Tealby School

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About Tealby School

Name Tealby School
Website http://www.tealby.lincs.sch.uk
Ofsted Inspections
Headteacher Mrs Zoe Humberstone
Address Front Street, Tealby, Market Rasen, LN8 3XU
Phone Number 01673838330
Phase Primary
Type Community school
Age Range 4-11
Religious Character Does not apply
Gender Mixed
Number of Pupils 79
Local Authority Lincolnshire
Highlights from Latest Inspection

What is it like to attend this school?

Pupils receive a good standard of education at Tealby school. They have lots of opportunities to learn about all subjects of the national curriculum. Teachers link learning to help it stick in pupils' memory.

They have high expectations for what pupils should be able to do across the curriculum.

Pupils have high standards for themselves and each other. They hope to achieve the weekly values award or, even better, the headteacher's award.

When they have a problem, they first try to work it out with their friends. They know staff are on hand if they need them. Pupils are not worried about bullying.

They say that it is extremely rare. Of the pupils insp...ectors spoke with, none could think of a single incident of bullying.

Pupils relish the opportunities they have to learn outside the classroom.

The outdoor learning programme makes good use of the facilities around the school. Pupils test out their independence and resilience by learning survival skills.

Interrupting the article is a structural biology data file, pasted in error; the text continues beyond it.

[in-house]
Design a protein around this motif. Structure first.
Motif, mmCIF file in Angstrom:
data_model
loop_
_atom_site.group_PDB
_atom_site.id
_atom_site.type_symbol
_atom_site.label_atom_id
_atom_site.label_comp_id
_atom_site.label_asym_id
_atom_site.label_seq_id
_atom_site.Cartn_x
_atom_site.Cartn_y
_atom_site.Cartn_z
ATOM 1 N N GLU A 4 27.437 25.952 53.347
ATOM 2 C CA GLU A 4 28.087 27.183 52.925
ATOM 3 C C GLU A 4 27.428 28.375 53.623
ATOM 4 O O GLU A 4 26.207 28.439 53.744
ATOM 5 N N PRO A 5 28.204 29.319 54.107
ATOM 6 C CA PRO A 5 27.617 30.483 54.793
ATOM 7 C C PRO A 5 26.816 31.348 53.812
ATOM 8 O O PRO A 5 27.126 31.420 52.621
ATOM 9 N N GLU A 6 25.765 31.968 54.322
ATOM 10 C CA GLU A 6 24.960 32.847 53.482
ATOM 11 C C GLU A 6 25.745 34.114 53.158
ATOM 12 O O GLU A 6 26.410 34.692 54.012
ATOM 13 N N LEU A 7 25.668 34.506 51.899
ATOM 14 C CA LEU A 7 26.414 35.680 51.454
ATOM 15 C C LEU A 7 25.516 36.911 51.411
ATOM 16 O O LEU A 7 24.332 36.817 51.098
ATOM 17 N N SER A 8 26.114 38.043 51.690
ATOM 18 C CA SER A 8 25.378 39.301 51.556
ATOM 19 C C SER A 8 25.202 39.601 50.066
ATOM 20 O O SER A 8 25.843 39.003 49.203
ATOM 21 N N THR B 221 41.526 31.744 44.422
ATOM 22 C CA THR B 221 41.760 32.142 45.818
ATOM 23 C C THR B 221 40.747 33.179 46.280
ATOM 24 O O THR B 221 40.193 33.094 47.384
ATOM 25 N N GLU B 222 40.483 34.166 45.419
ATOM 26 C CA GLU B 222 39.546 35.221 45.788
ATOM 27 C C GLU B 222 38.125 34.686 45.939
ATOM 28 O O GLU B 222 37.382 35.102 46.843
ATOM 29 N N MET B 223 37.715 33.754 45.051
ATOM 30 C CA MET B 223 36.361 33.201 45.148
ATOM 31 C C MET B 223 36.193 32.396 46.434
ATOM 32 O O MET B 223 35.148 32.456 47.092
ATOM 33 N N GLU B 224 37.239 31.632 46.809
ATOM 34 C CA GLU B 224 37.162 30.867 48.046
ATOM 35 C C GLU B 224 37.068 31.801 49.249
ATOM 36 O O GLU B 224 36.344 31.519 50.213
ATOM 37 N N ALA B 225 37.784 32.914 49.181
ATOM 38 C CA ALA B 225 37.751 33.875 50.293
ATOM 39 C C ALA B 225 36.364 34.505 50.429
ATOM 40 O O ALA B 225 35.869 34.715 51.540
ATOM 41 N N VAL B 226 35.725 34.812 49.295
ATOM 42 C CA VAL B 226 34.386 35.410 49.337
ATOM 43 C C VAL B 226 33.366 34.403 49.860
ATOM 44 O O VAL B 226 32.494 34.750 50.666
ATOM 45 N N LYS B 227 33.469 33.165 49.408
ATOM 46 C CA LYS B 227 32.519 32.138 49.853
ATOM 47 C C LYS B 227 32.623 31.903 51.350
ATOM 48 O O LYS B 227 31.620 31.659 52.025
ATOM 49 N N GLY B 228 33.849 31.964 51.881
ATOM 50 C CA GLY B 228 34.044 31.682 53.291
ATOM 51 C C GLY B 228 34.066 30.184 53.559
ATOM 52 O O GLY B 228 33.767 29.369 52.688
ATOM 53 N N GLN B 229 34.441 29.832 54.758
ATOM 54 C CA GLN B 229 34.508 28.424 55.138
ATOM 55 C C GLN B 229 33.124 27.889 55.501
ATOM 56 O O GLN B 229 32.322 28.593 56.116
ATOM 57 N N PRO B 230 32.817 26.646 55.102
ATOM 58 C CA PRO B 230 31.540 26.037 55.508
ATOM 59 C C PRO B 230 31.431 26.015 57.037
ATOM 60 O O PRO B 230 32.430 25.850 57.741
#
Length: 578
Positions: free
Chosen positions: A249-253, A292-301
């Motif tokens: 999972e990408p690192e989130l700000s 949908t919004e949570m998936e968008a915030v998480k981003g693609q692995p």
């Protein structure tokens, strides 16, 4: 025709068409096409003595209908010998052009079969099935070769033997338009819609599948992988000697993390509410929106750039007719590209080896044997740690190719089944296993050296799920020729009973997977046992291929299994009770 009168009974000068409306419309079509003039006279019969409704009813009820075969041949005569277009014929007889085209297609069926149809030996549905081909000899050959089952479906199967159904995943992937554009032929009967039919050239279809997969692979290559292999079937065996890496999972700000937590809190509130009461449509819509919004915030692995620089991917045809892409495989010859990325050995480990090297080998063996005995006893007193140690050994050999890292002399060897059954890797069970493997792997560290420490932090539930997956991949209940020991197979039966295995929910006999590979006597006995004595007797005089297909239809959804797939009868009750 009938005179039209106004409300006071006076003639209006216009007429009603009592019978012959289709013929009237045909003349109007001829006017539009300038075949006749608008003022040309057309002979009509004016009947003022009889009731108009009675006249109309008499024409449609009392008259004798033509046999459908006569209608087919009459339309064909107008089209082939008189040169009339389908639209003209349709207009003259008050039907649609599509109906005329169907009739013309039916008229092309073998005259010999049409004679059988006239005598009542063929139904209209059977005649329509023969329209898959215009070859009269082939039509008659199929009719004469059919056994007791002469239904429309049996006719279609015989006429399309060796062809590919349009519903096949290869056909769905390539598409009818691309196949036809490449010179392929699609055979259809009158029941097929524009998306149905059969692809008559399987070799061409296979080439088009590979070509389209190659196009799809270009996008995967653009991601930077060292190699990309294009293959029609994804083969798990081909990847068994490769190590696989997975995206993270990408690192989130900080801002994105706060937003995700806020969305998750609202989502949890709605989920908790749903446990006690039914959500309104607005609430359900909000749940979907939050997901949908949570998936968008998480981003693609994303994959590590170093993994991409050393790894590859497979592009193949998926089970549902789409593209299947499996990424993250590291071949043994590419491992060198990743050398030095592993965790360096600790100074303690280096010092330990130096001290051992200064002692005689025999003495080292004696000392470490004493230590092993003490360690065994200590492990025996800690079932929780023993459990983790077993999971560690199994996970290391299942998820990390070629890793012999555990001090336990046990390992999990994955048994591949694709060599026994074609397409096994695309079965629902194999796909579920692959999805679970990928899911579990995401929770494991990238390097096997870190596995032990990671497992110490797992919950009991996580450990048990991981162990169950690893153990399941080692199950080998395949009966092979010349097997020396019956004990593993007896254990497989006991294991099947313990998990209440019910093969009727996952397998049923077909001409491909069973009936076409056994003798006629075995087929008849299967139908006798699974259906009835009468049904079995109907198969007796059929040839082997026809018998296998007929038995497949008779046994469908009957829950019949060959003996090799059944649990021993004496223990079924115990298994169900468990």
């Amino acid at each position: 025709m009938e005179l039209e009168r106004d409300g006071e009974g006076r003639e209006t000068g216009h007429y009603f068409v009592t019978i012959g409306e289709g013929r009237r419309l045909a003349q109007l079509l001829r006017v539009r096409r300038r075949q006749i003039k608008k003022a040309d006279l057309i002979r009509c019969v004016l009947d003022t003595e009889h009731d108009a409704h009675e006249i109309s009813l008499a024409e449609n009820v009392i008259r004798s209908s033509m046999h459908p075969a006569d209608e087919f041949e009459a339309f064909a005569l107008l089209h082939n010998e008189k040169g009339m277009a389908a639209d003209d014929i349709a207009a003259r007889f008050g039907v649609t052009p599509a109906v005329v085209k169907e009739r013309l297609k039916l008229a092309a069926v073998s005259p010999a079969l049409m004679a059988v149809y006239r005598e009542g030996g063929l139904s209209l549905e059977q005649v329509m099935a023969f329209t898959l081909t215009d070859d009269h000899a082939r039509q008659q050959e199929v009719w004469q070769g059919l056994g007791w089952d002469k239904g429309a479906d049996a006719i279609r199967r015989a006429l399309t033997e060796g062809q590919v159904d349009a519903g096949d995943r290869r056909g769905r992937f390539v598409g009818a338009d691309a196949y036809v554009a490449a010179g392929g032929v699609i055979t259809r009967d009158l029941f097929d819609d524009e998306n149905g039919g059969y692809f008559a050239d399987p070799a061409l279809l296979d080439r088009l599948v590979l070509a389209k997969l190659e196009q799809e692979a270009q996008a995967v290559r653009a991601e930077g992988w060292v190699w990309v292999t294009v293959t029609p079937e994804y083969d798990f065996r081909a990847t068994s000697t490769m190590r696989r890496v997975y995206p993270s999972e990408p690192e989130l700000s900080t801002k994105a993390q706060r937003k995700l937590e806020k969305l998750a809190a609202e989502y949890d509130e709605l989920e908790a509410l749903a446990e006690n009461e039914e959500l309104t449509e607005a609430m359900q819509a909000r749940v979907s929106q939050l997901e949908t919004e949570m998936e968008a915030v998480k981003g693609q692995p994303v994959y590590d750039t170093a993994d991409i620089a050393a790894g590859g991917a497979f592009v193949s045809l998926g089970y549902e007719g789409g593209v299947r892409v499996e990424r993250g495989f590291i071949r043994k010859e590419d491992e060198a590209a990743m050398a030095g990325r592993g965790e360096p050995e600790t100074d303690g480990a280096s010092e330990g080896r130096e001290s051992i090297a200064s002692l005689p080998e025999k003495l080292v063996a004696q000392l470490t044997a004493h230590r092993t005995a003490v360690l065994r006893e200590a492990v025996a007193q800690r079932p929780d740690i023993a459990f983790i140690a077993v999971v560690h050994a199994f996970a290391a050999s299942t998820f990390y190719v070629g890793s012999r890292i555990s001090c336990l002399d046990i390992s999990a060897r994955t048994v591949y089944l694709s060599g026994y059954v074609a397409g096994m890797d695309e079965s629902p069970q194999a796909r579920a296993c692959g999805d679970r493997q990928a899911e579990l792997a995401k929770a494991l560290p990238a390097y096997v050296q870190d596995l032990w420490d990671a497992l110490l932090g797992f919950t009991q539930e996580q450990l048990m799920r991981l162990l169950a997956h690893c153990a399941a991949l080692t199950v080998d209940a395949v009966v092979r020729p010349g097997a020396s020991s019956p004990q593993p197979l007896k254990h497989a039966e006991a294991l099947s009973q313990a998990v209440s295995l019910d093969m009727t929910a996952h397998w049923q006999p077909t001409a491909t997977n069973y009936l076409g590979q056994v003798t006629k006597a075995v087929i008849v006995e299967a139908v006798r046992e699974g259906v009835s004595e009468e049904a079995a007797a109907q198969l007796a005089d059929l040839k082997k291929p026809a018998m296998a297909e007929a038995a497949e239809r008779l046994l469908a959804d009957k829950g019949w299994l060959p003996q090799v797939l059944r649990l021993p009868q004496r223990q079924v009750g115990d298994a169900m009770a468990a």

The school's curriculum is well planned to develop pupils' knowledge as they go through the school.

Leaders have redesigned the curriculum for reading and mathematics this year. However, some aspects need sharpening to make the curriculum in these subjects even better.

What does the school do well and what does it need to do better?

In a very short space of time, leaders have made significant improvements.

These improvements are having a positive impact on pupils' learning. Staff say they have been very well supported through these changes.

The school's programme for phonics is effective.

As pupils learn more sounds, they read with increasing confidence. Teachers make sure that the books that pupils read closely match their stage of reading. Pupils achieve early success, which helps to develop their love of books.

When pupils finish the phonics programme, the reading curriculum is less well structured. Most pupils learn the reading knowledge they need, but they lack confidence when discussing what they have read.

In mathematics, the curriculum is well designed and sequenced.

It builds on what pupils already know. Teachers revisit previous learning to make sure that pupils remember it. Teachers are working well with this new approach.

This is helping pupils to develop secure mathematical knowledge. Occasionally, teachers do not precisely adapt the curriculum to meet the needs of a few pupils. Some are not challenged enough.

Others need extra support to help them understand what they are learning.

Teachers join learning in different subjects together. They plan activities from a well-sequenced curriculum.

Teachers know what pupils have learned before, and what they need to know in the future. This enables them to plan activities which help to build pupils' knowledge. For example, pupils made Second World War gas mask boxes using their knowledge of 3D shapes and nets.